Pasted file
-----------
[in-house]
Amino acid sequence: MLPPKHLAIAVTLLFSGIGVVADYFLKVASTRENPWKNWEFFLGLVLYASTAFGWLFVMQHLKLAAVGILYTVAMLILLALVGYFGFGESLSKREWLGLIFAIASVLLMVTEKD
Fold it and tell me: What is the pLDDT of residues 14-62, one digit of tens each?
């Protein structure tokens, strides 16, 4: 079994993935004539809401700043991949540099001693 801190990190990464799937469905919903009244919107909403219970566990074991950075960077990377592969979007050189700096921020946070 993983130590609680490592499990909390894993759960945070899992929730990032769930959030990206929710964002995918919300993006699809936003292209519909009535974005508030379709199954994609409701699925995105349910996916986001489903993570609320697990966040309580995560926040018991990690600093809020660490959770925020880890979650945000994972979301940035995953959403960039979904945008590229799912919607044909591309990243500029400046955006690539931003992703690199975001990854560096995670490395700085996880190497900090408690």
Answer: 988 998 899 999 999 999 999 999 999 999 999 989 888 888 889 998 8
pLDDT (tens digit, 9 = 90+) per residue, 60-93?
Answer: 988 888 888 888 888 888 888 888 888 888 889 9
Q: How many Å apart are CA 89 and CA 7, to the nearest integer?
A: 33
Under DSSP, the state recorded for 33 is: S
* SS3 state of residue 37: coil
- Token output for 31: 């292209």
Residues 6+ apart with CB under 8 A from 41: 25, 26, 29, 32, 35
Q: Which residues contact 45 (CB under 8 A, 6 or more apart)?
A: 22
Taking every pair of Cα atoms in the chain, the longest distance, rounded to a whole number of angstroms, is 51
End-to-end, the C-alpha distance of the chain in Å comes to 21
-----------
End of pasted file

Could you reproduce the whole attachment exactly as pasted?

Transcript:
[in-house]
Amino acid sequence: MLPPKHLAIAVTLLFSGIGVVADYFLKVASTRENPWKNWEFFLGLVLYASTAFGWLFVMQHLKLAAVGILYTVAMLILLALVGYFGFGESLSKREWLGLIFAIASVLLMVTEKD
Fold it and tell me: What is the pLDDT of residues 14-62, one digit of tens each?
């Protein structure tokens, strides 16, 4: 079994993935004539809401700043991949540099001693 801190990190990464799937469905919903009244919107909403219970566990074991950075960077990377592969979007050189700096921020946070 993983130590609680490592499990909390894993759960945070899992929730990032769930959030990206929710964002995918919300993006699809936003292209519909009535974005508030379709199954994609409701699925995105349910996916986001489903993570609320697990966040309580995560926040018991990690600093809020660490959770925020880890979650945000994972979301940035995953959403960039979904945008590229799912919607044909591309990243500029400046955006690539931003992703690199975001990854560096995670490395700085996880190497900090408690």
Answer: 988 998 899 999 999 999 999 999 999 999 999 989 888 888 889 998 8
pLDDT (tens digit, 9 = 90+) per residue, 60-93?
Answer: 988 888 888 888 888 888 888 888 888 888 889 9
Q: How many Å apart are CA 89 and CA 7, to the nearest integer?
A: 33
Under DSSP, the state recorded for 33 is: S
* SS3 state of residue 37: coil
- Token output for 31: 């292209």
Residues 6+ apart with CB under 8 A from 41: 25, 26, 29, 32, 35
Q: Which residues contact 45 (CB under 8 A, 6 or more apart)?
A: 22
Taking every pair of Cα atoms in the chain, the longest distance, rounded to a whole number of angstroms, is 51
End-to-end, the C-alpha distance of the chain in Å comes to 21